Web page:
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Gazette Premium Content OPINION: A bill to outlaw internet bullies

Staff reports Updated: May 7, 2009 at 12:00 am

John Bombast-Blabbershnort is a fascist whose momma needs liposuction so her combat boots will fit.

The above statement certainly could cause John "substantial emotional distress" if it he saw it in a blog, Twitter post, text message or e-mail. It's the kind of talk that's all-too-common on the cyberspace playground of life. The statement fits in the category of "cyberbullying," a new congressional term and a terrible thing. People should not digitally bully one another. It just isn't nice. It can even cause harm. In at least one extreme case, cyberbullying may have led a girl to kill herself.

And for the record, The Gazette's editorial board officially opposes cyberbullying and encourages people to avoid it. Just be nice, for goodness sakes.

Some members of Congress find themselves so opposed to cyberbullying they believe there oughta be a law. So they've crafted one. Seriously.

H.R. 1966, sponsored by California Democrat Linda Sanchez and 14 co-sponsors, would make it a crime to electronically communicate speech intended to "coerce, intimidate, harass, or cause substantial emotional distress." Offenders could face up to two years in prison. It's called the Megan Meier Cyberbullying Prevention Act, after a 13-year-old who killed herself after the parent of an acquaintance interjected herself into a feud and sent Meier disturbing messages.

Sure, this makes sense. Let's get federal agents in the business of regulating our instant messages, e-mails, blog posts, and all those silly messages we write on the walls of social networking sites. We can create an agency that is to e-mail what the IRS is to money. To make the bill sound important, let's exploit a bizarre and isolated tragedy.

Let's have federal authorities enforce a respectful and polite demeanor in all forms of modern communication. Let's convict people and imprison them for committing electronic insult, even if they're guilty of mere coercion.

Great idea.

But wait, isn't there already a federal law that regulates private communication in the United States? Oh, yes, it's the First Amendment. It says: "Congress (that includes Sanchez and her friends) shall make no law (that would include H.R. 1966, a proposed law)... abridging (which means "reducing," "curtailing," or "diminishing") the freedom of speech (which would include virtual notes we write to one another using the Internet)."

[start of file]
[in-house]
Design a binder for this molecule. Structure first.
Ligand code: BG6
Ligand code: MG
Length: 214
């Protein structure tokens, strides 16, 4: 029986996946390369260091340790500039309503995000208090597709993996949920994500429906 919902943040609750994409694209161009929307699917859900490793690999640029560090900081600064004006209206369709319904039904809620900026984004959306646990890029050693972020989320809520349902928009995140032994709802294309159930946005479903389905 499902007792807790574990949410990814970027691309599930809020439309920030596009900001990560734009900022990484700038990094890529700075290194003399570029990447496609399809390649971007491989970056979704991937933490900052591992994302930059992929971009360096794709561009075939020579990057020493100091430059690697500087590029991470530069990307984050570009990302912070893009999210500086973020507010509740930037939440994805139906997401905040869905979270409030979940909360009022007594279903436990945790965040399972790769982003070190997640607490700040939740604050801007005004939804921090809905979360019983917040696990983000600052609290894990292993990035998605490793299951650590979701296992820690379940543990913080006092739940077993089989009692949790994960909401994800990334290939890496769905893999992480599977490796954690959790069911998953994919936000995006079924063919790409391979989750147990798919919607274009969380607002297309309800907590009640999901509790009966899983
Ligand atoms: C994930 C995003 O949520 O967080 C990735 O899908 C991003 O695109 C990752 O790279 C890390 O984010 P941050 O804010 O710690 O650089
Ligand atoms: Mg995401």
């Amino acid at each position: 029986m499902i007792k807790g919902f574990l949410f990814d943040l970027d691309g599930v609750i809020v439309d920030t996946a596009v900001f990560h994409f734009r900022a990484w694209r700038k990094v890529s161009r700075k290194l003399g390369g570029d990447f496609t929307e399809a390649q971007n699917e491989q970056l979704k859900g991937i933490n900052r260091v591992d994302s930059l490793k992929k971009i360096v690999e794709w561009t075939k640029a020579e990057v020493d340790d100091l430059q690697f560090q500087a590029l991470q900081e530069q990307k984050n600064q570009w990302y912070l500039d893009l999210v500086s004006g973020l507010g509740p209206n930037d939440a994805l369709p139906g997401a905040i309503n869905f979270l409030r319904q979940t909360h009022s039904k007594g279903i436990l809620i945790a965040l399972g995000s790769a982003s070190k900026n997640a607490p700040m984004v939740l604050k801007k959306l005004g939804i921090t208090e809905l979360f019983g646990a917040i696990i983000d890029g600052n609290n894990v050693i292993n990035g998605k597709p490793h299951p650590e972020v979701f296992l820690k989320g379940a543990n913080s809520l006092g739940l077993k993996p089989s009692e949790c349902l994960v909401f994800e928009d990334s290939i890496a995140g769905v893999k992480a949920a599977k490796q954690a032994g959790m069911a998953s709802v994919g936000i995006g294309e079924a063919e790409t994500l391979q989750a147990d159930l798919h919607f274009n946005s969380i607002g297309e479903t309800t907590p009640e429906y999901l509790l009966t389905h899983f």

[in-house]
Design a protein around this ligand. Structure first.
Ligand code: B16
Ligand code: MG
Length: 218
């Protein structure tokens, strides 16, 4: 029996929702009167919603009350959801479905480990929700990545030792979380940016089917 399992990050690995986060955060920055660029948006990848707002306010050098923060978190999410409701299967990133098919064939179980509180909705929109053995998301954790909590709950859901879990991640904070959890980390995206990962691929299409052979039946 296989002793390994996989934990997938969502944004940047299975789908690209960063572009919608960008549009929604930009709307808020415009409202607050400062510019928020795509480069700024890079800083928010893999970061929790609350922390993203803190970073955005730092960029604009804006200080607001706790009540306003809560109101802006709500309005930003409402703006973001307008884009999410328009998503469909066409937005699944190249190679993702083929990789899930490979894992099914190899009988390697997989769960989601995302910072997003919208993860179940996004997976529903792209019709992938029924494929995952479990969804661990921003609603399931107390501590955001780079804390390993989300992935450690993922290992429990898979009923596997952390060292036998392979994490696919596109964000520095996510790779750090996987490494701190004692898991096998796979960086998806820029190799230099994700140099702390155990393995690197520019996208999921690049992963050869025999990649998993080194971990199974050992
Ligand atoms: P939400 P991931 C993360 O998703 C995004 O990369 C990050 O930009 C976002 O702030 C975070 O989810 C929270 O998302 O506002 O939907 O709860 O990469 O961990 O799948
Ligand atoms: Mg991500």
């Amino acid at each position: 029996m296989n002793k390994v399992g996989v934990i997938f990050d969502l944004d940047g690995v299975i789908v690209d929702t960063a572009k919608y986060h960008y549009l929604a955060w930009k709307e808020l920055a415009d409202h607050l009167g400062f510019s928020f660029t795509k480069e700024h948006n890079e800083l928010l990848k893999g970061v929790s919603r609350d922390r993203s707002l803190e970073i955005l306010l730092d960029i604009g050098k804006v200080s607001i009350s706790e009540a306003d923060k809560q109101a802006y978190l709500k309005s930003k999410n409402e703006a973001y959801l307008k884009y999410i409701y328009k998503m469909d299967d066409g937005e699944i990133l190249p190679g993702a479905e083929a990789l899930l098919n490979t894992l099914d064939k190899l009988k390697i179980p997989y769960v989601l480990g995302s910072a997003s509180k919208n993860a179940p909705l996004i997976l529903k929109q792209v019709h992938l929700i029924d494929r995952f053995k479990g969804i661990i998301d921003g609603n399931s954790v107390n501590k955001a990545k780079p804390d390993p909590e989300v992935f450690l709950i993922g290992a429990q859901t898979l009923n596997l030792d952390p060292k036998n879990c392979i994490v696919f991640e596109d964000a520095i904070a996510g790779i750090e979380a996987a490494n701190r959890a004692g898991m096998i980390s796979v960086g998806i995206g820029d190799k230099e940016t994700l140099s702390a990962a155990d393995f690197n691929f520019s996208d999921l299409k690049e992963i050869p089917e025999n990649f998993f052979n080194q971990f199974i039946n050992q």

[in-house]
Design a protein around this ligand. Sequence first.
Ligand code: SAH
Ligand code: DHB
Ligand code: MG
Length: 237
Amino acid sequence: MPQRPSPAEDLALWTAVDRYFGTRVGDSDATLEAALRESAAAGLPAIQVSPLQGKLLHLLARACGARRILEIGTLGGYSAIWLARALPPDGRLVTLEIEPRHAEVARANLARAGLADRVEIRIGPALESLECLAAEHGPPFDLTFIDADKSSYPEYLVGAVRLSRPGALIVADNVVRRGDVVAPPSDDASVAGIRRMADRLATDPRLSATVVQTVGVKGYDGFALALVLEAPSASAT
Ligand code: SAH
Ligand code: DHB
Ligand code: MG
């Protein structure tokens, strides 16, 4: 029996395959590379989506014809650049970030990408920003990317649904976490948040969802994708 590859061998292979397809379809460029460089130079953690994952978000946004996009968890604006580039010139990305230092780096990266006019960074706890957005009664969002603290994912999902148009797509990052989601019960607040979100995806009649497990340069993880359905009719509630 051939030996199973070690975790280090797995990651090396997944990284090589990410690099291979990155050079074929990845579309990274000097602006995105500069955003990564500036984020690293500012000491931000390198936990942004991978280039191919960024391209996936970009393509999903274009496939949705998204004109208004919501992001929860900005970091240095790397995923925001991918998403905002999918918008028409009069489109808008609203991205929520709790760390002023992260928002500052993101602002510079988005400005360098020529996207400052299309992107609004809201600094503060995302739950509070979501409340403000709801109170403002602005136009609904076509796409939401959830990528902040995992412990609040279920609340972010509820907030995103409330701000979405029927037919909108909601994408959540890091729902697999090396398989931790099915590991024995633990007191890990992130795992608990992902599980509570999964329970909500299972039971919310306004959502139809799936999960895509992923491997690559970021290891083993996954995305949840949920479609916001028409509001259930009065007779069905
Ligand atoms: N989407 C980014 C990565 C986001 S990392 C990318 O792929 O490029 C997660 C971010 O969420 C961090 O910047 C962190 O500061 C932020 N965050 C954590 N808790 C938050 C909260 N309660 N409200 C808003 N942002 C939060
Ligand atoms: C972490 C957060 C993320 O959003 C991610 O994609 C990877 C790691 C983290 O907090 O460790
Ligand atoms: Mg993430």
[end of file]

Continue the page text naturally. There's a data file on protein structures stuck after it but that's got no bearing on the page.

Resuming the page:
It's hard to imagine how we've come this far. Today, we are a country in which 15 members of Congress genuinely believe that a federal law should force people to treat each other with decency, respect and kindness.

Again, improving cyberspace manners seems like a laudable goal. But it shouldn't be forced by law. Besides, kind communication isn't always appropriate. There's a time to hand a person his head, figuratively speaking. If some homophobe leaves a hateful message on your FaceBook wall, coerce him into acting with kindness. If that doesn't work, tell him to get lost - which may cause him substantial emotional distress.

The bill stands no chance, at least for now. But the fact it was written, introduced, and sponsored means the entire concept of a country shaped by individuals, free from overregulation by government, has become a joke to at least 15 members of Congress. It means 15 federal lawmakers have little use for freedom of speech. If they ever succeed at telling us how to write e-mails and blog posts, there will be nothing left of individual freedom. If we lose free speech, we lose all other rights.

This article, like all Gazette editorials, will post on the Internet. If H.R. 1966 were a law today, we might not be able to say what we're about to, because it could cause a few members of Congress too much "emotional distress." So here goes, while it's still allowed: Rep. Sanchez, your bill is so phenomenally ignorant that it comes across as a gag. But it's come to our attention you're serious. It seems you've never familiarized yourself with the First Amendment. So walk to Library of Congress, request the Bill of Rights, and read the first 22 words. Of those 22, the last three are "freedom of speech."

Learn it, love it, and live it. Then withdraw this ridiculous, un-American bill. Respectfully, with no emotional distress intended.

 

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